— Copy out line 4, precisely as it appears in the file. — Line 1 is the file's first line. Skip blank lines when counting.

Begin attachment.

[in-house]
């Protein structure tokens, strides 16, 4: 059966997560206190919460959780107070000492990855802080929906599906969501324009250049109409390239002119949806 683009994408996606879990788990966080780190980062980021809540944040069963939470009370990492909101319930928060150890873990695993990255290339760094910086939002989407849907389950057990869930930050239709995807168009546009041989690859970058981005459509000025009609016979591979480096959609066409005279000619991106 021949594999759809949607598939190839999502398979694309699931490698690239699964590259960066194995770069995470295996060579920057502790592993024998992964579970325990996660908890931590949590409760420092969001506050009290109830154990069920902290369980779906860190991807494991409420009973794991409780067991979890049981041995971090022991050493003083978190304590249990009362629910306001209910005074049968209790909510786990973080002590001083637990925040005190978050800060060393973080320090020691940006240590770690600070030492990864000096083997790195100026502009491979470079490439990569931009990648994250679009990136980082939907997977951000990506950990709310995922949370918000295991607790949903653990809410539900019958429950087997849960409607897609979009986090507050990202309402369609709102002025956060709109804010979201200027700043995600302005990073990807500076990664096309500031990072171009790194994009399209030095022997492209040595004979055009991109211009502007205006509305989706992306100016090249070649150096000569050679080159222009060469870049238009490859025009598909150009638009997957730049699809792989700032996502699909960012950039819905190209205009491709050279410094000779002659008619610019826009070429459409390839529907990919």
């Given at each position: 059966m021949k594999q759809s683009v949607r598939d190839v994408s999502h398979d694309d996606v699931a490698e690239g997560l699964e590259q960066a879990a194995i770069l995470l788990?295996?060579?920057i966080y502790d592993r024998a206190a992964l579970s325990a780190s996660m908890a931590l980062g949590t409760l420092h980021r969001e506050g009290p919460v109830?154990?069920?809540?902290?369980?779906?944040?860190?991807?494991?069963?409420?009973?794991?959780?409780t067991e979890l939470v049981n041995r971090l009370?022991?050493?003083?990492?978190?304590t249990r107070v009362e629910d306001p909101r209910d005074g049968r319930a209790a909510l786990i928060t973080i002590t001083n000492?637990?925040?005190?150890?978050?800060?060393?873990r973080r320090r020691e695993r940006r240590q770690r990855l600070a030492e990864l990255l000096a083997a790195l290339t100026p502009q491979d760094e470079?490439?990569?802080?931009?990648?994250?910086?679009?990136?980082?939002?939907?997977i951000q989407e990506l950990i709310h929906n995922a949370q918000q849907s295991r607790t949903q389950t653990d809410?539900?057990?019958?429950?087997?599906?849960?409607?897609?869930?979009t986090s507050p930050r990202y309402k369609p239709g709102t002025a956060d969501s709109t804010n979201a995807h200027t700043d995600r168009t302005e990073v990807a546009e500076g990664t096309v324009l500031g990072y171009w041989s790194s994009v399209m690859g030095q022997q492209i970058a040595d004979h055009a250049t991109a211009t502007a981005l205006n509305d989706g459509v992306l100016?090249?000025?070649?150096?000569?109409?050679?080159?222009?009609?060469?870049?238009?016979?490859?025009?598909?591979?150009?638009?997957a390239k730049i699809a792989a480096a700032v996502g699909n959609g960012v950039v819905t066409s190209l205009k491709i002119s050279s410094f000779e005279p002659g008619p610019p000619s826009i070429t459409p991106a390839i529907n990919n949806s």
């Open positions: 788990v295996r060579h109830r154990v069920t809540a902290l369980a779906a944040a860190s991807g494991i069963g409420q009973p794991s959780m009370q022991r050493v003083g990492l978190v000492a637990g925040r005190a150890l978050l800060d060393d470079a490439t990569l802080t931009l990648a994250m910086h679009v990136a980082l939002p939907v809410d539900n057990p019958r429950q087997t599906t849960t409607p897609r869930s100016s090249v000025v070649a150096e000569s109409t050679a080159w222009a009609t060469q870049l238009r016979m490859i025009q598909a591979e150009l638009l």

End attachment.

């Open positions: 788990v295996r060579h109830r154990v069920t809540a902290l369980a779906a944040a860190s991807g494991i069963g409420q009973p794991s959780m009370q022991r050493v003083g990492l978190v000492a637990g925040r005190a150890l978050l800060d060393d470079a490439t990569l802080t931009l990648a994250m910086h679009v990136a980082l939002p939907v809410d539900n057990p019958r429950q087997t599906t849960t409607p897609r869930s100016s090249v000025v070649a150096e000569s109409t050679a080159w222009a009609t060469q870049l238009r016979m490859i025009q598909a591979e150009l638009l």